By Scott Cairns b. 1954 Scott Cairns

Magdalen’s Epistle

Of Love’s discrete occasions, we   
observe sufficient catalogue,   
a likely-sounding lexicon

pronounced so as to implicate
a wealth of difference, where reclines   
instead a common element,

itself quite like those elements   
partaken at the table served   
by Jesus on the night he was

betrayed—like those in that the bread   
was breakable, the wine was red
and wet, and met the tongue with bright,

intoxicating sweetness, quite   
like ... wine. None of what I write arrives   
to compromise that sacrament,

the mystery of spirit graved
in what is commonplace and plain—
the broken, brittle crust, the cup.

Quite otherwise, I choose instead   
to bear again the news that each,   
each was still itself, substantial

in the simplest sense. By now, you
will have learned of Magdalen, a name   
recalled for having won a touch

of favor from the one we call
the son of man, and what you’ve heard   
is true enough. I met him first

as, mute, he scribbled in the dust   
to shame some village hypocrites   
toward leaving me unbloodied,

if ill-disposed to taking up   
again a prior circumstance.
I met him in the house of one

who was a Pharisee and not   
prepared to suffer quietly
my handling of the master’s feet.

Much later, in the garden when,   
having died and risen, he spoke   
as to a maid and asked me why

I wept. When, at any meeting
with the Christ, was I not weeping?   
For what? I only speculate

—brief inability to speak,
a weak and giddy troubling near   
the throat, a wash of gratitude.

And early on, I think, some slight   
abiding sense of shame, a sop   
I have inferred more recently

to do without. Lush poverty!
I think that this is what I’m called   
to say, this mild exhortation

that one should still abide all love’s   
embarrassments, and so resist   
the new temptation—dangerous,

inexpedient mask—of shame.
And, well, perhaps one other thing:   
I have received some little bit

about the glib divisions which   
so lately have occurred to you   
as right, as necessary, fit

That the body is something less   
than honorable, say, in its   
... appetites? That the spirit is

something pure, and—if all goes well—
potentially unencumbered   
by the body’s bawdy tastes.

This disposition, then, has led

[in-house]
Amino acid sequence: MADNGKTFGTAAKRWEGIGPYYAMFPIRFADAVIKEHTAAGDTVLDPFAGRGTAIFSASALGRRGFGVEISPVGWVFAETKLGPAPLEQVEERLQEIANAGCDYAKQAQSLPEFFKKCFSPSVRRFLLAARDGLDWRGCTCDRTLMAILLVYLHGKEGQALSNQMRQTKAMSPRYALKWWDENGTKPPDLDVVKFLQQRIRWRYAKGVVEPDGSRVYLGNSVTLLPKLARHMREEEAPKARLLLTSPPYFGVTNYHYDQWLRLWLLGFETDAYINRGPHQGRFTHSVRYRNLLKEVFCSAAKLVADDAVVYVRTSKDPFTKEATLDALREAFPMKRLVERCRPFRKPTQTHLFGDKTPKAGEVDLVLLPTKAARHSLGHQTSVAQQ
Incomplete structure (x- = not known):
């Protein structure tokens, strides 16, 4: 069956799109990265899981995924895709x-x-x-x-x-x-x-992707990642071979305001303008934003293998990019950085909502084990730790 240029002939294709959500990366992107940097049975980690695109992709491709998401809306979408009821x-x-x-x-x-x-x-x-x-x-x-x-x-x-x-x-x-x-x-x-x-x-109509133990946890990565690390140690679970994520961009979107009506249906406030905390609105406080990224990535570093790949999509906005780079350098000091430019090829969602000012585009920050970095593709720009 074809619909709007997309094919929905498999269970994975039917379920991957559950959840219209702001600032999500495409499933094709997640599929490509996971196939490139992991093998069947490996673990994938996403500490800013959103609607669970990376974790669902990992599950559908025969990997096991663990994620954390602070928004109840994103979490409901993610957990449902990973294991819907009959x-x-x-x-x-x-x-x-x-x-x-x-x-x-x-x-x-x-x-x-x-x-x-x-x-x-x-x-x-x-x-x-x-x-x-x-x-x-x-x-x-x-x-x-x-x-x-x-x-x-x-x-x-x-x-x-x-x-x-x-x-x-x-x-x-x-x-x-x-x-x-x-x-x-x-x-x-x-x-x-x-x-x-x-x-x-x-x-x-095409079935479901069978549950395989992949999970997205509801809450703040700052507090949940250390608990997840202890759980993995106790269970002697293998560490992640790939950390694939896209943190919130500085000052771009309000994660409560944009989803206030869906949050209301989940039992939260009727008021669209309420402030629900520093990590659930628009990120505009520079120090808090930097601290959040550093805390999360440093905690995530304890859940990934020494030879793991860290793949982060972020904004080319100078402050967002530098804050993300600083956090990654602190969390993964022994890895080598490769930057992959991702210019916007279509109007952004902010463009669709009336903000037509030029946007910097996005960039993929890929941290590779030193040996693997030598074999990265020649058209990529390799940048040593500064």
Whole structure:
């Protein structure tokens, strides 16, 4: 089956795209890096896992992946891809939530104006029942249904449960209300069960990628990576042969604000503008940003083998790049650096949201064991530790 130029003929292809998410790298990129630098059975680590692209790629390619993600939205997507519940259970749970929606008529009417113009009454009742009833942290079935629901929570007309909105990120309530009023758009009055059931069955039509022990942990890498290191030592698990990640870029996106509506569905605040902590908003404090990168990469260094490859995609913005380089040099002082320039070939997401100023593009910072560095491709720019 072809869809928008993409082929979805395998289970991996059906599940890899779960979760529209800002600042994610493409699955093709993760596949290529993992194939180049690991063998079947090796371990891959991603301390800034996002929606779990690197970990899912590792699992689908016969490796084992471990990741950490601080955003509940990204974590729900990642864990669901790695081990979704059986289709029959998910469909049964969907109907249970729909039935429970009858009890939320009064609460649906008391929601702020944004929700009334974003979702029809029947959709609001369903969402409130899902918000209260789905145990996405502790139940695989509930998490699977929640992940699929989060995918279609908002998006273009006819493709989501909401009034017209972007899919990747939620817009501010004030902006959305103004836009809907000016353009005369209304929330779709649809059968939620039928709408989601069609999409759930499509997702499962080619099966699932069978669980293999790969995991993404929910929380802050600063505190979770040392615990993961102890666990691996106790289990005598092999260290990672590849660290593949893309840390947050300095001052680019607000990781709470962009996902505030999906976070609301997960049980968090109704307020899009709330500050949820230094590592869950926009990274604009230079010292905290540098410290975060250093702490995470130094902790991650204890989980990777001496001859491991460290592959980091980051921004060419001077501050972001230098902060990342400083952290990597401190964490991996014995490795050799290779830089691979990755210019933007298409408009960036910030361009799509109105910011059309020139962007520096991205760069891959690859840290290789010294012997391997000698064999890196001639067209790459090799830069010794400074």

to a banal and pious lack   
of charity, and, worse, has led

more than a few to attempt some   
soul-preserving severance—harsh   
mortifications, manglings, all

manner of ritual excision   
lately undertaken to prevent   
the body’s claim upon the heart,

or mind, or (blasphemy!) spirit
whatever name you fix upon   
the supposéd bodiless.

I fear that you presume—dissecting   
the person unto something less   
complex. I think that you forget

you are not Greek. I think that you   
forget the very issue which
induced the Christ to take on flesh.

All loves are bodily, require
that the lips part, and press their trace   
of secrecy upon the one

beloved—the one, or many, endless   
array whose aspects turn to face
the one who calls, the one whose choice

it was one day to lift my own
bruised body from the dust, where, it seems   
to me, I must have met my death,

thereafter, this subsequent life   
and late disinclination toward   
simple reductions in the name

of Jesus, whose image I work   
daily to retain. I have kissed   
his feet. I have looked long

into the trouble of his face,   
and met, in that intersection,   
the sacred place—where body

and spirit both abide, both yield,   
in mutual obsession. Yes,
if you’ll recall your Hebrew word.

just long enough to glimpse in its
dense figure power to produce
you’ll see as well the damage Greek

has wrought upon your tongue, stolen   
from your sense of what is holy,   
wholly good, fully animal—

the body which he now prepares.

Scott Cairns, “Loves” from Recovered Body. Copyright © 1998 by Scott Cairns. Reprinted with the permission of George Braziller, Inc.

Source: Recovered Body (George Braziller Inc., 1998)

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Poet Scott Cairns b. 1954

Subjects Religion, Nature, Relationships, Love, Christianity, The Body, Desire, Realistic & Complicated

Poetic Terms Epistle

 Scott  Cairns


Scott Cairns was born in Tacoma, Washington. He earned a BA from Western Washington University, an MA from Hollins College, an MFA from Bowling Green State University, and a PhD from the University of Utah.
Cairns is the author of eight books of poetry, including The Theology of Doubt (1985), The Translation of Babel (1990), Philokalia (2002), Idiot Psalms (2014), and Slow Pilgrim: The Collected Poems (2015). His writing has . . .

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SUBJECT Religion, Nature, Relationships, Love, Christianity, The Body, Desire, Realistic & Complicated

Poetic Terms Epistle

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